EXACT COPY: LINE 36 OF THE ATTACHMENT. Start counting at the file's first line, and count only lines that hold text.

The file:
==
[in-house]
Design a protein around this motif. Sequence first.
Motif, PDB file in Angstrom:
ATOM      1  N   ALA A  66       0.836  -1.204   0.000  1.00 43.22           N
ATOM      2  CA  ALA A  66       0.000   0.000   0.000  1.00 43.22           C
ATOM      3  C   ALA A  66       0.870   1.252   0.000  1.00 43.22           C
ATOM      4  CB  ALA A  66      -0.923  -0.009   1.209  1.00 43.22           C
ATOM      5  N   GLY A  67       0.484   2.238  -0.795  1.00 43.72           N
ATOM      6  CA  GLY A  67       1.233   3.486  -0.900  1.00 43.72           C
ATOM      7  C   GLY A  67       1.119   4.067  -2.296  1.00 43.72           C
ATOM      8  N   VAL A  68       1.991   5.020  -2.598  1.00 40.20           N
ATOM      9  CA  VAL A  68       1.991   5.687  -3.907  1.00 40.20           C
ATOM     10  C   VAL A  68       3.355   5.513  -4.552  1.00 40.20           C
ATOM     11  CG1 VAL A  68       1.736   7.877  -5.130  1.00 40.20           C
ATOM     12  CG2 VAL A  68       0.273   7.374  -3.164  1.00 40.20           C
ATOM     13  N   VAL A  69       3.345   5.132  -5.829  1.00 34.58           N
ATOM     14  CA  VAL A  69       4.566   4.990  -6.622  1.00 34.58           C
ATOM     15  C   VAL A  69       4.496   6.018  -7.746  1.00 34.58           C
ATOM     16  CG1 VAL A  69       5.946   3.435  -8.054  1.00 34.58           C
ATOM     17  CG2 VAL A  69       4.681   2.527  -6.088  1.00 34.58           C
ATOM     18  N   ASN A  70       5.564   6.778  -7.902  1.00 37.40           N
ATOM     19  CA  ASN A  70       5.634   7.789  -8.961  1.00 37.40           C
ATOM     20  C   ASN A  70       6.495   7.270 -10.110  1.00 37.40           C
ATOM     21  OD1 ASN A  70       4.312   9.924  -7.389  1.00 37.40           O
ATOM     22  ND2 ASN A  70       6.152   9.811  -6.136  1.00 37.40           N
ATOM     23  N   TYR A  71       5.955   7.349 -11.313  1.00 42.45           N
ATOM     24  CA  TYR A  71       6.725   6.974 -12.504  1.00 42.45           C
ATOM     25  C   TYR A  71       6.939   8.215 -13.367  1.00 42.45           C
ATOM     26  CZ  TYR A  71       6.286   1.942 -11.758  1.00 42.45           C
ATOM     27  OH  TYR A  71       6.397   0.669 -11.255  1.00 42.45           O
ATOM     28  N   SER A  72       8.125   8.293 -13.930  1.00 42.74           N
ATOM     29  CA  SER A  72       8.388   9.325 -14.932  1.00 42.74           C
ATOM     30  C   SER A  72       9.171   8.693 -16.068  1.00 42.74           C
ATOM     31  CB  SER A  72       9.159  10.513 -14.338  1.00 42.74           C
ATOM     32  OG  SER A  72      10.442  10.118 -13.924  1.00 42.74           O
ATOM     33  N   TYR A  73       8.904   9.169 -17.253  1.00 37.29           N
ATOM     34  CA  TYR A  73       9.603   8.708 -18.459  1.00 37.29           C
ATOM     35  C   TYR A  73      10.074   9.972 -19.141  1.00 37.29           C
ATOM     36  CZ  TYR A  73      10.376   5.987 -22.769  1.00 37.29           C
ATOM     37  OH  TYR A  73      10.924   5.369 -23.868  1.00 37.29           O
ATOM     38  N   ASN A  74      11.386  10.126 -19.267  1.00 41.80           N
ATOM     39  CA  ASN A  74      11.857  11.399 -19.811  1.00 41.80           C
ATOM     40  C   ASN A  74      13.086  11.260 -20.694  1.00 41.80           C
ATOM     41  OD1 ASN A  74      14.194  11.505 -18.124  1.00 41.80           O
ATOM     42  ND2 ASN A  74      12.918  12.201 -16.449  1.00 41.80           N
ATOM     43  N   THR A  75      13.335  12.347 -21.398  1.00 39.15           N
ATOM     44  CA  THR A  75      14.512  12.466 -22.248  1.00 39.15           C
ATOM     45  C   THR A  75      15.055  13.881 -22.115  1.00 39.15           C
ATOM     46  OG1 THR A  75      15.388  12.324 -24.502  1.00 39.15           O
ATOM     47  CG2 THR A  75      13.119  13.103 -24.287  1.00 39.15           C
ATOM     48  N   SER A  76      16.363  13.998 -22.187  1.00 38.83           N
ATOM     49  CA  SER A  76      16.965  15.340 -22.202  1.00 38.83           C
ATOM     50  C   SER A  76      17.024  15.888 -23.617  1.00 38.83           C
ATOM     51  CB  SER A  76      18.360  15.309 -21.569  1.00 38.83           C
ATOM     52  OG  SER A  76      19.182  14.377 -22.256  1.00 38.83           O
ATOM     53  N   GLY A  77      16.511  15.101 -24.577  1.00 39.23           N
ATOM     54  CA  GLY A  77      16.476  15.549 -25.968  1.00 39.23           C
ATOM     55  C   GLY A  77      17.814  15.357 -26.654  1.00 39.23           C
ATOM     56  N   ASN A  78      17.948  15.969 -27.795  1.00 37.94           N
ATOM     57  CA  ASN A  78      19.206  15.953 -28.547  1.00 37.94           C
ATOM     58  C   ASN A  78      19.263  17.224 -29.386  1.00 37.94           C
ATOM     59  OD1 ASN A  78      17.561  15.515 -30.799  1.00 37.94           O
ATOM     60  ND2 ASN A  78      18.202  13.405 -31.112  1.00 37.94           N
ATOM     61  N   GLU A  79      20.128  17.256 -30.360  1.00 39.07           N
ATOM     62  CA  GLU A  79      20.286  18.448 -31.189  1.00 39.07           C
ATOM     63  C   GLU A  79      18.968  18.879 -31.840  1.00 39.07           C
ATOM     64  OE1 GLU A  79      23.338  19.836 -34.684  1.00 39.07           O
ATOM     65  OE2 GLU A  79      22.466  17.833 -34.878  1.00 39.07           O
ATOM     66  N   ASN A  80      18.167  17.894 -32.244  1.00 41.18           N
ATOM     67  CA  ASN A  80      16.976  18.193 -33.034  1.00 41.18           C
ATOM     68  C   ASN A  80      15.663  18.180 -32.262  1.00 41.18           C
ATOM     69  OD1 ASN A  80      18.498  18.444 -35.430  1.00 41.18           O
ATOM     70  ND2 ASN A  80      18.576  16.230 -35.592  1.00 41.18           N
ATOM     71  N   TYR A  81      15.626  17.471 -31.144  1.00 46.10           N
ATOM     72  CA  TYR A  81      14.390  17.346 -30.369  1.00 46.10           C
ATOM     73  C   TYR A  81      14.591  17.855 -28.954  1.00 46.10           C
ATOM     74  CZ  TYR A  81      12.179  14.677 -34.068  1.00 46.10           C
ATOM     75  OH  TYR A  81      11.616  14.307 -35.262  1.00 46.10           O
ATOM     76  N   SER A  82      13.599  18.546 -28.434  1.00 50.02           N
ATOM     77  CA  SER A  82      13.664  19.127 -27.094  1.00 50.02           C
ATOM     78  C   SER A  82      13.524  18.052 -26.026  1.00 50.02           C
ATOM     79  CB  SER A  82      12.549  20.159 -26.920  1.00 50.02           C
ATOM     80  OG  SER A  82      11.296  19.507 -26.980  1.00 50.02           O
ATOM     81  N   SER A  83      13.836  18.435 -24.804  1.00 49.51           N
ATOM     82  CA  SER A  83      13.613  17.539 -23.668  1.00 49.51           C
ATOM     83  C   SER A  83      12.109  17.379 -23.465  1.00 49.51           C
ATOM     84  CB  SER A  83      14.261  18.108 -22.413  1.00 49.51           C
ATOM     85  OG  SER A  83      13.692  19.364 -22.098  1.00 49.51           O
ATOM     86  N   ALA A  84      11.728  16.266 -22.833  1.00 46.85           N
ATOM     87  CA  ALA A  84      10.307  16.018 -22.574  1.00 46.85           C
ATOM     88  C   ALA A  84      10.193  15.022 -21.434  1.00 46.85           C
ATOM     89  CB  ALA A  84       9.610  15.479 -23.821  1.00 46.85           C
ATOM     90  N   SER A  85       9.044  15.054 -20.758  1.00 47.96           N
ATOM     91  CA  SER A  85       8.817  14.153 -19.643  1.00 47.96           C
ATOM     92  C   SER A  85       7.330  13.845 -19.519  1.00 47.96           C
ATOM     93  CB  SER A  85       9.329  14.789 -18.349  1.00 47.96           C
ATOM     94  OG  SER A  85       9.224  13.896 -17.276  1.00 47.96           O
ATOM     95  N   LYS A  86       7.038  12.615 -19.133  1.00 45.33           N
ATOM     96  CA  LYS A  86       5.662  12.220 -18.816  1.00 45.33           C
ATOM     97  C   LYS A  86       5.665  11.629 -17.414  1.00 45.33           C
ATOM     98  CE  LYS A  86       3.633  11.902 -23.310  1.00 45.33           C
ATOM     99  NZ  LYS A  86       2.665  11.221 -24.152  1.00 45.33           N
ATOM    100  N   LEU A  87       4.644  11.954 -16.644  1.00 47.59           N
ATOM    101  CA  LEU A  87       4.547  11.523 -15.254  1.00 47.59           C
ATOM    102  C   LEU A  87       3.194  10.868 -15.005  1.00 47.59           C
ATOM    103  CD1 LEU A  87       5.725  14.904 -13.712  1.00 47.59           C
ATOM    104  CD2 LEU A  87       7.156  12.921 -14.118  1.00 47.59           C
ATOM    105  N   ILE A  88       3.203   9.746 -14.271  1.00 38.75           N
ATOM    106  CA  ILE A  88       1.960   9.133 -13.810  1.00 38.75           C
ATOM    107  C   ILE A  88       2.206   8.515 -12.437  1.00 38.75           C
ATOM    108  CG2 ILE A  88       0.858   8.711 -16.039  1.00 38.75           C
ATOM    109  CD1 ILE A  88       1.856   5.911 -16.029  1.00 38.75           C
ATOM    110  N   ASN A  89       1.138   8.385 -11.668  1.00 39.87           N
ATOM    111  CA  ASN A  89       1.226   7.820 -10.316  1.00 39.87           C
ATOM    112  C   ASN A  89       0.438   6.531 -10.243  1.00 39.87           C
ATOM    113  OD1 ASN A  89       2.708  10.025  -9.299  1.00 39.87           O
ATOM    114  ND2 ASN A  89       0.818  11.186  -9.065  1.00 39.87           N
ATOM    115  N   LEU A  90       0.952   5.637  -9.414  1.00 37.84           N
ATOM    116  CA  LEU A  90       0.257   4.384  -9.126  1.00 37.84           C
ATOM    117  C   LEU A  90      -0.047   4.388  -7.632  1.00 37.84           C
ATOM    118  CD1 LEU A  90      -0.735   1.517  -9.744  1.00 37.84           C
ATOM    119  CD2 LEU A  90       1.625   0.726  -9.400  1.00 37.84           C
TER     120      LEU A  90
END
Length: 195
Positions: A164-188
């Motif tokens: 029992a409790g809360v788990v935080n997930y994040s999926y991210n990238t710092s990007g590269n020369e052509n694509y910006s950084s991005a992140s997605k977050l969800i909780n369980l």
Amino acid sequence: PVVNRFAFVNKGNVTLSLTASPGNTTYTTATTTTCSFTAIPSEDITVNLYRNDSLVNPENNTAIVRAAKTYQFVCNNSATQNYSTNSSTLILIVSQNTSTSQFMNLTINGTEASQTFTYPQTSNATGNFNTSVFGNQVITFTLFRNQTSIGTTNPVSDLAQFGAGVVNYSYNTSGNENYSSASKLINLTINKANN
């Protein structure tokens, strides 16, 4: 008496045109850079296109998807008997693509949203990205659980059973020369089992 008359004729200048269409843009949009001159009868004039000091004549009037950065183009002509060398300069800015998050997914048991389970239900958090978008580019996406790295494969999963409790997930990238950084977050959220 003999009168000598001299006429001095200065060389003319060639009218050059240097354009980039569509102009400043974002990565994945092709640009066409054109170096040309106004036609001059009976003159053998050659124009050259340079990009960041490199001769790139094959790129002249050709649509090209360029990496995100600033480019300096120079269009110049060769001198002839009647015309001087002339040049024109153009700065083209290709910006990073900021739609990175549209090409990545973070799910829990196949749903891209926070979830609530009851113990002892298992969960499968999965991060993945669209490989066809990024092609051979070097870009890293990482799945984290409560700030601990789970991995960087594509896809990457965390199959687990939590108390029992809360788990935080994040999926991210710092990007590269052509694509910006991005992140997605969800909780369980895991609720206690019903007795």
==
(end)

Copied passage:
ATOM     33  N   TYR A  73       8.904   9.169 -17.253  1.00 37.29           N